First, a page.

by Cynthia Donson
Video: Green mobility
1. Before you watch the video and do the next activity, read the sentences and choose the best answer.
1) A long line of traffic that isn’t moving is a .
2) The common word for “respire” in English is .
3) “Speed” is a common English word for .
4) “Sweat” is another word for ”.
5) “Dwell” is another word for “live”. So if you live in the city, you are a city .
6) You use solar to collect energy from the sun.
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Watch the video:

Green mobility
2. Read the questions and choose the correct answer. Check your answer before you move on to the next question.
1) In large cities, how many trips are made in the car?
2) What problems does the use of too many cars cause?
3) Why is your age important?
4) How long does it take to walk one kilometre?
5) What are “walking buses”?
6) What do bike stations in Paris offer?
7) How can some electric cars be recharged?
8) What is a good form of transport if you live in a village in the country?
9) What do people who use carpools do?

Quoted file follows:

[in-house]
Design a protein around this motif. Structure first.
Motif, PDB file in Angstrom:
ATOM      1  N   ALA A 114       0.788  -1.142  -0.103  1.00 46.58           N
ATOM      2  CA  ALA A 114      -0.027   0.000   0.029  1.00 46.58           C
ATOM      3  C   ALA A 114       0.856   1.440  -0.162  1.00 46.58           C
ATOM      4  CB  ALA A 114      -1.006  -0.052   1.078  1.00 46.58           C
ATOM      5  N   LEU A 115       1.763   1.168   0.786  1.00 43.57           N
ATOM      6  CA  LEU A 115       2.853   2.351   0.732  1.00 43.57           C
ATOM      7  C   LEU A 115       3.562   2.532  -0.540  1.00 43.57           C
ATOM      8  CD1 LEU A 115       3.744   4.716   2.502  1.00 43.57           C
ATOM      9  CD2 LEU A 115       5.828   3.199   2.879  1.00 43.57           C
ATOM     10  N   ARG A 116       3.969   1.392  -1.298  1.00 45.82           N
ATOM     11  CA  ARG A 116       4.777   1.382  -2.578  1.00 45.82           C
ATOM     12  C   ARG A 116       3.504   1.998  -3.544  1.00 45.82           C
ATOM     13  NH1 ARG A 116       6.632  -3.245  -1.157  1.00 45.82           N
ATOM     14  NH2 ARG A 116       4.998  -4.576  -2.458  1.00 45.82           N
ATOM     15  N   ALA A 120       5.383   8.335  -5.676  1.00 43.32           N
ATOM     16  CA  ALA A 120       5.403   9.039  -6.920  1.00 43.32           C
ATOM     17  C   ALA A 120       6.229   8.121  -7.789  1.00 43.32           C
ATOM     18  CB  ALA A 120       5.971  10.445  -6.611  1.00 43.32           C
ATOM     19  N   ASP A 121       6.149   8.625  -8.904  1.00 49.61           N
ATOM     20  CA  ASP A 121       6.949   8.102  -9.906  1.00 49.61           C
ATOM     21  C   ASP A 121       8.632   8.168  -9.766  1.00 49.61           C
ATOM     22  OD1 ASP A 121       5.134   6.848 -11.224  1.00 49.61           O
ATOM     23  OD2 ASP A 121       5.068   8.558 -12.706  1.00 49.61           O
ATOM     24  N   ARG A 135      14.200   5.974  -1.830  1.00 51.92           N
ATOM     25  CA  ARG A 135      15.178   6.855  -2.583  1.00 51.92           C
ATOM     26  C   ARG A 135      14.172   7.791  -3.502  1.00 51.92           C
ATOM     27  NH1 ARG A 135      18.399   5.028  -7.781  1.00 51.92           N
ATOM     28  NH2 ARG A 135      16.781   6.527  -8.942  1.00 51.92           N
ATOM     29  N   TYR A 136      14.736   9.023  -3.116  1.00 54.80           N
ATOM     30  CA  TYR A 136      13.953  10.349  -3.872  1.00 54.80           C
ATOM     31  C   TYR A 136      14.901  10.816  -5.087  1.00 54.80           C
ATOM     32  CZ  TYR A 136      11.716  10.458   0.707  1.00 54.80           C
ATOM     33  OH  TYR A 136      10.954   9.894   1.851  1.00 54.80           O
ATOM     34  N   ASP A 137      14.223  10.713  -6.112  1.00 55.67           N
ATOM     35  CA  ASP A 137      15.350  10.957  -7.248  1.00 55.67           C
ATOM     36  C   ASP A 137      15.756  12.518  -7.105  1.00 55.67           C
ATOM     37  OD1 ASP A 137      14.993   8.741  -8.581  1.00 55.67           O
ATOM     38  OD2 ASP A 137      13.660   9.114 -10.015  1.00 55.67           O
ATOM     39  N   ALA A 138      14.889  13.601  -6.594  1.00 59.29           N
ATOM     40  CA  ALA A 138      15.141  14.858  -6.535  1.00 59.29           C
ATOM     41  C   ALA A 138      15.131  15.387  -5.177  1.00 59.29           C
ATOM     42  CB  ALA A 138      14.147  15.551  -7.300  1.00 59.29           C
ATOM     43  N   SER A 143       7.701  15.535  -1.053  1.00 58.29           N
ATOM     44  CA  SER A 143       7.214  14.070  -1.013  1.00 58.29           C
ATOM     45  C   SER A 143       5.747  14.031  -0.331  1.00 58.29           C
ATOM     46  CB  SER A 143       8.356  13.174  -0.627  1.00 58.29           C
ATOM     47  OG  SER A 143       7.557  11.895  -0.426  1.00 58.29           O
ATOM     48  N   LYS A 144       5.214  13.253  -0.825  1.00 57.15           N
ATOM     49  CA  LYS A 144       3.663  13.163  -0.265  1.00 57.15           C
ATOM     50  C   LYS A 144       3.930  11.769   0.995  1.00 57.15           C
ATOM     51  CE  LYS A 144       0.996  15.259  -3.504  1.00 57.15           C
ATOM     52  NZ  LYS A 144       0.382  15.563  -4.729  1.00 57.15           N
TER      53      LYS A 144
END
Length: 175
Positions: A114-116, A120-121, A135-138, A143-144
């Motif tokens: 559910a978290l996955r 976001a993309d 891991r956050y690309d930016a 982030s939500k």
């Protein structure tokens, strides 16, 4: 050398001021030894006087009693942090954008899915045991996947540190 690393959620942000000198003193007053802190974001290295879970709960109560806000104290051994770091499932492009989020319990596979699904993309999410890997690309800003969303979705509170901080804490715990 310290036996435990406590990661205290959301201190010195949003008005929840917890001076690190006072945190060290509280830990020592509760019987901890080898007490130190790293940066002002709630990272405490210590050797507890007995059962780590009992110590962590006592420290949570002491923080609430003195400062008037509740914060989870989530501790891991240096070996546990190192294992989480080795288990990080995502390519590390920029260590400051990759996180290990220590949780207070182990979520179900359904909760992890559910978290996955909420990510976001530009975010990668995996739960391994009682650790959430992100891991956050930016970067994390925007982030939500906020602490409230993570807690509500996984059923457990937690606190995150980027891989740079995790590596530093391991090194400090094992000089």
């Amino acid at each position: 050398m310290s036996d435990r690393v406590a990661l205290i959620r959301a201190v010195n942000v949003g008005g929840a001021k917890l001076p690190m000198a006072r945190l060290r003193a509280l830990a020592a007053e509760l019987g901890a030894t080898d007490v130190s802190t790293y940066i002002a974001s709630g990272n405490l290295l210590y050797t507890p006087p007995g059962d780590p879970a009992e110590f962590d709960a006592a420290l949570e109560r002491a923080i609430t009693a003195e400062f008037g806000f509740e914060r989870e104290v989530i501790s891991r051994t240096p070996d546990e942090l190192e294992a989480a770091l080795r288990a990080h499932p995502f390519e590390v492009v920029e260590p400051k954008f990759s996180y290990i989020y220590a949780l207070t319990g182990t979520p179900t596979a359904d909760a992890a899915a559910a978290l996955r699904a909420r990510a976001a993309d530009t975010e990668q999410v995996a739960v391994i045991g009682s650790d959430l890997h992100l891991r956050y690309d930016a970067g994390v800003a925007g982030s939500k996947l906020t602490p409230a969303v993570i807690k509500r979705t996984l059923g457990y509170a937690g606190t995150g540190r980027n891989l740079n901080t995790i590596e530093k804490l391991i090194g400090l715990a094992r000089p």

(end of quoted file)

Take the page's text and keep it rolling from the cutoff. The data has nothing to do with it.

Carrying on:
10) What is “car sharing”?
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3. Complete the sentences using words from the list below. Drag the word to its correct place. The video and the above activities will help you.

1) My brother and I have only one X-Box so we have to it.

2) I love riding my . I often go cycling with my friends at the weekend.

3) Dad is going to be late home – he’s stuck in a traffic in the centre.

4) It’s so hot today. I’m already covered in .

5) I’ve got everything ready for the school tomorrow. We’re going to the mountains for the day.

6) Air pollution and "" pollution are problems in big cities.

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1) Work in small groups. Each of you is a parent and all your children go to the same school. First give yourselves names (Mr Brown, Mrs Black, Mr Bean, etc.). Write down your work timetable without the other members of the group seeing it (e.g. Monday – Thursday 9 a.m. to 5.30 p.m., Friday 8 a.m. to 3 p.m.).

You would like to organize a “walking bus” but you must all agree when you can take the children to or from school. Negotiate and organize a fair timetable for a week. Decide how many children you want to take with you (more than three!), considering the characters of the children (you may have a naughty child, a very frightened one, etc.).

2) Explain your timetable to the class.

3) Listen to the other groups’ ideas and make notes if you think there are any defects in their proposals.

4) Vote on the most organized group.